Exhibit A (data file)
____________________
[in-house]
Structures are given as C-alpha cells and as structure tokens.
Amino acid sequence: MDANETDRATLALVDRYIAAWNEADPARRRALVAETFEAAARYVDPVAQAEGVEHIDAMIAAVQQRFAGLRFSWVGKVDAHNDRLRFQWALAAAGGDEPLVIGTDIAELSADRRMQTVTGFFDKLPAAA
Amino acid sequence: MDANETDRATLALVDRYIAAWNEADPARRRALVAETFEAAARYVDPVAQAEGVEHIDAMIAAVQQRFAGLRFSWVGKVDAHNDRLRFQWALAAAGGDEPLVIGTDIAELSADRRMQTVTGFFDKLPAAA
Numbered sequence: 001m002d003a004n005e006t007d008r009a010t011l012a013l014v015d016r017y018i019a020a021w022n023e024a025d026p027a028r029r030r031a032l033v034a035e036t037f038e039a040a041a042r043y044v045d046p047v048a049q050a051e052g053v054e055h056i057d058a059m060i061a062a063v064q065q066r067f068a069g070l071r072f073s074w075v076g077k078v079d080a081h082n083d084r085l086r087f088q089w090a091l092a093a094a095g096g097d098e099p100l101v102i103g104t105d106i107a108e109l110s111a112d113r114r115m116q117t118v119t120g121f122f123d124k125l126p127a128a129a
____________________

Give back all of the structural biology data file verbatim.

[in-house]
Structures are given as C-alpha cells and as structure tokens.
Amino acid sequence: MDANETDRATLALVDRYIAAWNEADPARRRALVAETFEAAARYVDPVAQAEGVEHIDAMIAAVQQRFAGLRFSWVGKVDAHNDRLRFQWALAAAGGDEPLVIGTDIAELSADRRMQTVTGFFDKLPAAA
Amino acid sequence: MDANETDRATLALVDRYIAAWNEADPARRRALVAETFEAAARYVDPVAQAEGVEHIDAMIAAVQQRFAGLRFSWVGKVDAHNDRLRFQWALAAAGGDEPLVIGTDIAELSADRRMQTVTGFFDKLPAAA
Numbered sequence: 001m002d003a004n005e006t007d008r009a010t011l012a013l014v015d016r017y018i019a020a021w022n023e024a025d026p027a028r029r030r031a032l033v034a035e036t037f038e039a040a041a042r043y044v045d046p047v048a049q050a051e052g053v054e055h056i057d058a059m060i061a062a063v064q065q066r067f068a069g070l071r072f073s074w075v076g077k078v079d080a081h082n083d084r085l086r087f088q089w090a091l092a093a094a095g096g097d098e099p100l101v102i103g104t105d106i107a108e109l110s111a112d113r114r115m116q117t118v119t120g121f122f123d124k125l126p127a128a129a